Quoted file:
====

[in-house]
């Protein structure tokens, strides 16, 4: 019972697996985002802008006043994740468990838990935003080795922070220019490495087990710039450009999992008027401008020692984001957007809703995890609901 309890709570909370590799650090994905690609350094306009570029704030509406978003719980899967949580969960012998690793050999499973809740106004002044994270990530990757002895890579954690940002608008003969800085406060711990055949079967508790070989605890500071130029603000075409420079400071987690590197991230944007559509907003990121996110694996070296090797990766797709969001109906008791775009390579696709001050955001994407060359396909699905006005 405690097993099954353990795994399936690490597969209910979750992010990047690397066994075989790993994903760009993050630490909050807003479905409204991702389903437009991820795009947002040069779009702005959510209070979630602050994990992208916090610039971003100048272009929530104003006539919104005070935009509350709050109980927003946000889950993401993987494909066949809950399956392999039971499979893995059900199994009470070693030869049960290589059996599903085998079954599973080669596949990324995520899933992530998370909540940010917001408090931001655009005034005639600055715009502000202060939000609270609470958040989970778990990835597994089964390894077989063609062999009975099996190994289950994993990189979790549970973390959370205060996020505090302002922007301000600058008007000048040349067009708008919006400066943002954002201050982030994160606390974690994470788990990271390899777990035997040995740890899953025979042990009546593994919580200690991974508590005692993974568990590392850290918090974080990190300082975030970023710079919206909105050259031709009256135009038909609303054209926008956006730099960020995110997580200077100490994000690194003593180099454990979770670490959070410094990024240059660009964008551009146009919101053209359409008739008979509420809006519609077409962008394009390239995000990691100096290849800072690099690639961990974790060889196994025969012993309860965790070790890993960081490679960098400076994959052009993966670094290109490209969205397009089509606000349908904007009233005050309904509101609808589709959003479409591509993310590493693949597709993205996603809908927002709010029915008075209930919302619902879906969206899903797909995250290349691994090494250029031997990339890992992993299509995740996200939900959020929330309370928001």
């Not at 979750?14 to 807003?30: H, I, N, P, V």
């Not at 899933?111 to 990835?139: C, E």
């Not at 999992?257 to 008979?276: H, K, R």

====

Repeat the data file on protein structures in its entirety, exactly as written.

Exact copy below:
[in-house]
């Protein structure tokens, strides 16, 4: 019972697996985002802008006043994740468990838990935003080795922070220019490495087990710039450009999992008027401008020692984001957007809703995890609901 309890709570909370590799650090994905690609350094306009570029704030509406978003719980899967949580969960012998690793050999499973809740106004002044994270990530990757002895890579954690940002608008003969800085406060711990055949079967508790070989605890500071130029603000075409420079400071987690590197991230944007559509907003990121996110694996070296090797990766797709969001109906008791775009390579696709001050955001994407060359396909699905006005 405690097993099954353990795994399936690490597969209910979750992010990047690397066994075989790993994903760009993050630490909050807003479905409204991702389903437009991820795009947002040069779009702005959510209070979630602050994990992208916090610039971003100048272009929530104003006539919104005070935009509350709050109980927003946000889950993401993987494909066949809950399956392999039971499979893995059900199994009470070693030869049960290589059996599903085998079954599973080669596949990324995520899933992530998370909540940010917001408090931001655009005034005639600055715009502000202060939000609270609470958040989970778990990835597994089964390894077989063609062999009975099996190994289950994993990189979790549970973390959370205060996020505090302002922007301000600058008007000048040349067009708008919006400066943002954002201050982030994160606390974690994470788990990271390899777990035997040995740890899953025979042990009546593994919580200690991974508590005692993974568990590392850290918090974080990190300082975030970023710079919206909105050259031709009256135009038909609303054209926008956006730099960020995110997580200077100490994000690194003593180099454990979770670490959070410094990024240059660009964008551009146009919101053209359409008739008979509420809006519609077409962008394009390239995000990691100096290849800072690099690639961990974790060889196994025969012993309860965790070790890993960081490679960098400076994959052009993966670094290109490209969205397009089509606000349908904007009233005050309904509101609808589709959003479409591509993310590493693949597709993205996603809908927002709010029915008075209930919302619902879906969206899903797909995250290349691994090494250029031997990339890992992993299509995740996200939900959020929330309370928001």
């Not at 979750?14 to 807003?30: H, I, N, P, V």
């Not at 899933?111 to 990835?139: C, E």
């Not at 999992?257 to 008979?276: H, K, R």